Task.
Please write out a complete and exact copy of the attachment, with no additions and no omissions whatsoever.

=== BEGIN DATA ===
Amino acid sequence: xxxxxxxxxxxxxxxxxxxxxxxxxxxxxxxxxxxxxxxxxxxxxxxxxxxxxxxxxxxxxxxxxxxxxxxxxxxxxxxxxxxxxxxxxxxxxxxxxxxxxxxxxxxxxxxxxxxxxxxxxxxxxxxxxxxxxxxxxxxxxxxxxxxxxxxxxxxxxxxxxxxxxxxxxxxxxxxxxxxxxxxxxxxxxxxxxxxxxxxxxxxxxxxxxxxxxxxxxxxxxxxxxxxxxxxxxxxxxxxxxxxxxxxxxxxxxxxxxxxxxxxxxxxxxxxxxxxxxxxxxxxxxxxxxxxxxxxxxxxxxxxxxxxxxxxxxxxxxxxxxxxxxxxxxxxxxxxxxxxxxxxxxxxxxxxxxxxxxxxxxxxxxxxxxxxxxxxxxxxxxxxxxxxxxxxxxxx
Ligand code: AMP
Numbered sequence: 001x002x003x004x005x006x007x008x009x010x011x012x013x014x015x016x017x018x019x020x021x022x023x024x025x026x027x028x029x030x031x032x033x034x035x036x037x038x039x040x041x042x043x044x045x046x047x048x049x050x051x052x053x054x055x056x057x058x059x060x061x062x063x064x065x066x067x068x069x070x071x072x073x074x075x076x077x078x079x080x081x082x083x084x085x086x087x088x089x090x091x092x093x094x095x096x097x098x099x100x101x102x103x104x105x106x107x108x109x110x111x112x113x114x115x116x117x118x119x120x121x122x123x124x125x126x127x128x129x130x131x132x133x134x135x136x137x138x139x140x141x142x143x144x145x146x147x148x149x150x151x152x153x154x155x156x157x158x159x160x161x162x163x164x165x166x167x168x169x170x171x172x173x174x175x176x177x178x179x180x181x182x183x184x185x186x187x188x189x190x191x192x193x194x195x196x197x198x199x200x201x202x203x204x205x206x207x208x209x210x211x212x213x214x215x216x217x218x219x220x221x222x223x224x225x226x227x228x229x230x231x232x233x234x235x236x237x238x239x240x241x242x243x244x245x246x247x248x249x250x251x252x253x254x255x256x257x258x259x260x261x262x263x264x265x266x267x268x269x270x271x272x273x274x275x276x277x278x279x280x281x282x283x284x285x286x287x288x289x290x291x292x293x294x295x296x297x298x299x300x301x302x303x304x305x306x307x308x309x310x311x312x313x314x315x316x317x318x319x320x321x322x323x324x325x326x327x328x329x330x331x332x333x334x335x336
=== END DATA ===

Amino acid sequence: xxxxxxxxxxxxxxxxxxxxxxxxxxxxxxxxxxxxxxxxxxxxxxxxxxxxxxxxxxxxxxxxxxxxxxxxxxxxxxxxxxxxxxxxxxxxxxxxxxxxxxxxxxxxxxxxxxxxxxxxxxxxxxxxxxxxxxxxxxxxxxxxxxxxxxxxxxxxxxxxxxxxxxxxxxxxxxxxxxxxxxxxxxxxxxxxxxxxxxxxxxxxxxxxxxxxxxxxxxxxxxxxxxxxxxxxxxxxxxxxxxxxxxxxxxxxxxxxxxxxxxxxxxxxxxxxxxxxxxxxxxxxxxxxxxxxxxxxxxxxxxxxxxxxxxxxxxxxxxxxxxxxxxxxxxxxxxxxxxxxxxxxxxxxxxxxxxxxxxxxxxxxxxxxxxxxxxxxxxxxxxxxxxxxxxxxxxx
Ligand code: AMP
Numbered sequence: 001x002x003x004x005x006x007x008x009x010x011x012x013x014x015x016x017x018x019x020x021x022x023x024x025x026x027x028x029x030x031x032x033x034x035x036x037x038x039x040x041x042x043x044x045x046x047x048x049x050x051x052x053x054x055x056x057x058x059x060x061x062x063x064x065x066x067x068x069x070x071x072x073x074x075x076x077x078x079x080x081x082x083x084x085x086x087x088x089x090x091x092x093x094x095x096x097x098x099x100x101x102x103x104x105x106x107x108x109x110x111x112x113x114x115x116x117x118x119x120x121x122x123x124x125x126x127x128x129x130x131x132x133x134x135x136x137x138x139x140x141x142x143x144x145x146x147x148x149x150x151x152x153x154x155x156x157x158x159x160x161x162x163x164x165x166x167x168x169x170x171x172x173x174x175x176x177x178x179x180x181x182x183x184x185x186x187x188x189x190x191x192x193x194x195x196x197x198x199x200x201x202x203x204x205x206x207x208x209x210x211x212x213x214x215x216x217x218x219x220x221x222x223x224x225x226x227x228x229x230x231x232x233x234x235x236x237x238x239x240x241x242x243x244x245x246x247x248x249x250x251x252x253x254x255x256x257x258x259x260x261x262x263x264x265x266x267x268x269x270x271x272x273x274x275x276x277x278x279x280x281x282x283x284x285x286x287x288x289x290x291x292x293x294x295x296x297x298x299x300x301x302x303x304x305x306x307x308x309x310x311x312x313x314x315x316x317x318x319x320x321x322x323x324x325x326x327x328x329x330x331x332x333x334x335x336